While College of Architecture, Art and Planning students take courses that traditionally rely on the availability of studio spaces and materials, students and faculty now have to reimagine what these classes would look like online.
The newly renovated Mui Ho Fine Arts Library houses over 100,000 books suspended from the ceiling. The steel grate floors between the three levels of stacks are permeable by air and light — and are see-through.
According to Bala, modern A.I. is capable of amazing feats, but likely won’t produce anytime soon the kinds of general A.I. seen in movies like The Terminator. That kind of A.I. is “very, very far out, if at all it will ever be achieved,” Bala said.
In Building 99 on Microsoft’s Redmond, Washington campus, Prof. Jenny Sabin, architecture, unveiled her latest project: an AI interface called Ada that translates people’s facial reactions into color by using a network of a dozen cameras designed to collect people’s facial expressions. Sabin, who was invited to participate in Microsoft’s Artist in Residence program, hoped to “explore artificial intelligence in ways that would make it more human centered — would provide bridges to understanding the technology.” Through Ada, she hopes to bring more people closer to artificial intelligence in a more friendly, approachable manner. Ada was named after gifted mathematician and early computer programmer Ada Lovelace, who was cited to have written instructions for the first computer program in the mid-1800s. According to Sabin, the system functions as an interface for “expressing sentiment data that’s been picked up by cameras and reveals the data through light and color.”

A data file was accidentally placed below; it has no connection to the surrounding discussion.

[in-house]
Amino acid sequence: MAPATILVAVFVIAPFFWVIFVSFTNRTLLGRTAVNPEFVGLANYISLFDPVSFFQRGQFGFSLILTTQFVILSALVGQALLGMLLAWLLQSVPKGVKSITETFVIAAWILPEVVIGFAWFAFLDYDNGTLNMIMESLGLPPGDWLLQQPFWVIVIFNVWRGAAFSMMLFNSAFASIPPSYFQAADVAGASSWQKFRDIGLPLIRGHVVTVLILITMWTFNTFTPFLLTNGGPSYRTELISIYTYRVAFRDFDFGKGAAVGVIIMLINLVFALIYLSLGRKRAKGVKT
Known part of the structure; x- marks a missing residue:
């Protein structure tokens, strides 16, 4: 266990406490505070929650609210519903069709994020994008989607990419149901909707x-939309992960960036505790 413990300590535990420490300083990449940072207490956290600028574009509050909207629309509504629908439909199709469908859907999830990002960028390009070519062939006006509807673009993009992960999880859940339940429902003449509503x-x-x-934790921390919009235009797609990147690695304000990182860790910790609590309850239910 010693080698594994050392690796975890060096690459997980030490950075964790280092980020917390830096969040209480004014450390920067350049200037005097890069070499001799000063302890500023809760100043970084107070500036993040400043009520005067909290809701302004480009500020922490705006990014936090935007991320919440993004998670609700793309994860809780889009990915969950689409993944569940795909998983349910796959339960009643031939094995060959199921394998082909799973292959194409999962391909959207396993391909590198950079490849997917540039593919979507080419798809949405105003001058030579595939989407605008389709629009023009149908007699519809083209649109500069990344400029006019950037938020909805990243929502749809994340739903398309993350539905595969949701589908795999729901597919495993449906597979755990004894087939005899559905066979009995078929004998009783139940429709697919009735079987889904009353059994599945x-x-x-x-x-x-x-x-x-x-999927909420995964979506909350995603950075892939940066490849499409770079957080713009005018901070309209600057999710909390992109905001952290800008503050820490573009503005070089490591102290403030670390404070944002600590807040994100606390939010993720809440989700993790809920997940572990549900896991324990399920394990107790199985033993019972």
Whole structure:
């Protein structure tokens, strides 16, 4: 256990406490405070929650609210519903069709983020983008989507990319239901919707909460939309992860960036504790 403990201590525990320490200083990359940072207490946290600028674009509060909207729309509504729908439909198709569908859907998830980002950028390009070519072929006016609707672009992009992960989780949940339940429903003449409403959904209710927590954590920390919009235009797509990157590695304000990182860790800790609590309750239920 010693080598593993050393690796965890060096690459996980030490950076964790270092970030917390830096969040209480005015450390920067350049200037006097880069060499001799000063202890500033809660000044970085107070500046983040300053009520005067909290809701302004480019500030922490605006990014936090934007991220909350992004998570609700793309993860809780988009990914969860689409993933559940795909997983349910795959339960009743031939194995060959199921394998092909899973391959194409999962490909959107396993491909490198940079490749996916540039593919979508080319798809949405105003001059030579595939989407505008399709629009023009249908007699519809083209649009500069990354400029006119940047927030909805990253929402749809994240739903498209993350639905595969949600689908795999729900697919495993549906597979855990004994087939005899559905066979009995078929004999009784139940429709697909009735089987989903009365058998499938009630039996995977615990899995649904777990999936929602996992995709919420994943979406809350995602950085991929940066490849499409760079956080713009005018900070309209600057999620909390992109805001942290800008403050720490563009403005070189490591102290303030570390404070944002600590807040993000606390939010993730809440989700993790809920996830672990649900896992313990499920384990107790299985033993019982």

Beyond the 12 cameras within the room, there is also an additional sensor and camera contained inside the project that can override the other cameras. These sensors and cameras read “the collective sentiment of the building [facial expressions] from individuals,” according to Sabin.
The American Academy of Arts and Letters has awarded three Cornell alumni with architecture, fiction and music awards for 2019. With the intention of sustaining literature, music and fine arts, the academy honors over 70 people who have dedicated their life craft to sustaining those very components.